Entitled ‘The Same Sea’, the inaugural Helsinki Biennial aims to establish a new framework for exhibiting and viewing contemporary art, placing a strong focus on the environment in response to the rugged landscape of Vallisaari island, and in line with the city’s ambitious climate goals.
A former military base, the island remains uninhabited, presenting a unique setting in which to present and view art. The majority of artworks will be new commissions and site specific installations integrated into the natural landscape and the cavernous, empty spaces of gunpowder cellars and historic buildings.
Highlights from the programme include a collaboration between Finnish artist Outi Pieski and Sámi dancers Birit & Katja Haarla entitled Here to hear (2020) which brings together women of different generations to listen to the voices of their foremothers through dance and duodji, traditional Sámi handicrafts, and German artist Katharina Grosse’s large-scale painting Shutter Splitter (2020), which sweeps across the island’s old schoolhouse and surrounding vegetation. The school was attended by children from the 1950s to the 1980s, but as the building is now unfit for human habitation due to toxic bacteria growing in the interior, it will be demolished after the exhibition, leaving the remaining traces of the painting to slowly fade across the seasons.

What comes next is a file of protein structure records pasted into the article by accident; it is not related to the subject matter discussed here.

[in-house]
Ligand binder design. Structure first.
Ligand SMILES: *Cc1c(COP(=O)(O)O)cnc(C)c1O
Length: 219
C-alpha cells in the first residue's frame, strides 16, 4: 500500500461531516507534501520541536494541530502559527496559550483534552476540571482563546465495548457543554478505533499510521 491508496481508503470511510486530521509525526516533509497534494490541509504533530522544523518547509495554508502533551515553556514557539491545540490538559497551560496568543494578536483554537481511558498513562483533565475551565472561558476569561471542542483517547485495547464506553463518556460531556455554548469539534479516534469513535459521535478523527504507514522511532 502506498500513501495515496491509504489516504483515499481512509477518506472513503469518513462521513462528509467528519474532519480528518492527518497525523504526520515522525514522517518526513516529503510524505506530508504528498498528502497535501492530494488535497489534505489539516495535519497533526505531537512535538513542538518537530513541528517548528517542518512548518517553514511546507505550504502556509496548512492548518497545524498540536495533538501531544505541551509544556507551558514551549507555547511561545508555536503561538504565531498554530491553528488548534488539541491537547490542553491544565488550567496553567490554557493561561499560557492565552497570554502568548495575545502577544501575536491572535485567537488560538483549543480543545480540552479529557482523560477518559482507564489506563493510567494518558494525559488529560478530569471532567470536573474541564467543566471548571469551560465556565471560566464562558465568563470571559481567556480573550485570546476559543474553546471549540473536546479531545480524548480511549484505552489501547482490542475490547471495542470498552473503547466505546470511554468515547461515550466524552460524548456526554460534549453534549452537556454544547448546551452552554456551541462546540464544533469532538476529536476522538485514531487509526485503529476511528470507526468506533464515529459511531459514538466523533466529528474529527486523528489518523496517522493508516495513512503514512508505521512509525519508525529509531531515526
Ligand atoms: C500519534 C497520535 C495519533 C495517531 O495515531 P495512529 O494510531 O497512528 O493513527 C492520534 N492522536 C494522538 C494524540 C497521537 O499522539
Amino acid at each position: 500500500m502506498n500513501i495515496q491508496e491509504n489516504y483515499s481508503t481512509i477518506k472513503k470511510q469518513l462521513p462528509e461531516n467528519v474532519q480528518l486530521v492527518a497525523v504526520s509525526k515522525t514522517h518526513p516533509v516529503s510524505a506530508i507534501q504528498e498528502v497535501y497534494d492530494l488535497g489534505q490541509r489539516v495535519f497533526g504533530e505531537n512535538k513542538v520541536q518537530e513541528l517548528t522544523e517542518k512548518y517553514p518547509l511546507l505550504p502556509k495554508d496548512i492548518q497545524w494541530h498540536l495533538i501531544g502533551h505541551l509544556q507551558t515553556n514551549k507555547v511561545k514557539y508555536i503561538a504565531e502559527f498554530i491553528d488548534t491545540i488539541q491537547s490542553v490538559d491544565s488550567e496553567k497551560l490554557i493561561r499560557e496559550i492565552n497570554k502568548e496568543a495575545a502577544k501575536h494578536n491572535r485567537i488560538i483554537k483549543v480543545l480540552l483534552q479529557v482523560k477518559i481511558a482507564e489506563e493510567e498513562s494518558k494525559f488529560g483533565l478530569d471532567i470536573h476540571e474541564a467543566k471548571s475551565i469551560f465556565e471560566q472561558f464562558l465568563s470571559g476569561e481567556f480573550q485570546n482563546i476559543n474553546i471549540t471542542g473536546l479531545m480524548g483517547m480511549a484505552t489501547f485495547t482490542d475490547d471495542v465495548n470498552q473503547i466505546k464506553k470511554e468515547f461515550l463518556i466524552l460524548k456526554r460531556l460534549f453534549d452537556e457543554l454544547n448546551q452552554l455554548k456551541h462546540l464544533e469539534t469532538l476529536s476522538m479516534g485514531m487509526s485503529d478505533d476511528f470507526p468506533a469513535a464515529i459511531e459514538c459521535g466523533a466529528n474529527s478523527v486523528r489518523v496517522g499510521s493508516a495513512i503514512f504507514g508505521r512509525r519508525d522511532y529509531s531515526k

Multi-disciplinary artist and architect Samir Bhowmik invites audiences to traverse the island through a series of expeditions entitled Lost Islands (2020) which trace the route of an imaginary subterranean and underwater cable with the artist serving as tour guide and narrator.
Other works transport audiences to distant landscapes such as Samnang Khvay’s film Preah Kunlong (The Way of the Spirit) (2016–17) which examines the relationship between humans and nature through the lens of Cambodia’s environmental crisis and the government’s land and natural resources policy, which threatens indigenous communities that traditionally live a life of deep connection with the earth and nature.
In an effort to promote inclusivity in the art world and develop the city’s art scene, the biennial will be free to enter, and a number of the works, including sculptures by Alicja Kwade and Laura Könönen, will remain as permanent features of Helsinki’s public art collection.
The Helsinki Biennial will take place from 12 June – 26 September 2021 on Vallisaari Island, a 15-minute ferry ride from the city centre. For more information visit: helsinkibiennaali.fi
Featured image: Outi Pieski and Birit & Katja Haarla, The Cave, 2020. Film Still. Courtesy of the artists. Photo by Mauri Landesmaki
Millie Walton is a London-based art writer and editor. She has contributed a broad range of arts and culture features and interviews to numerous international publications, and collaborated with artists and galleries globally. She also writes fiction and poetry.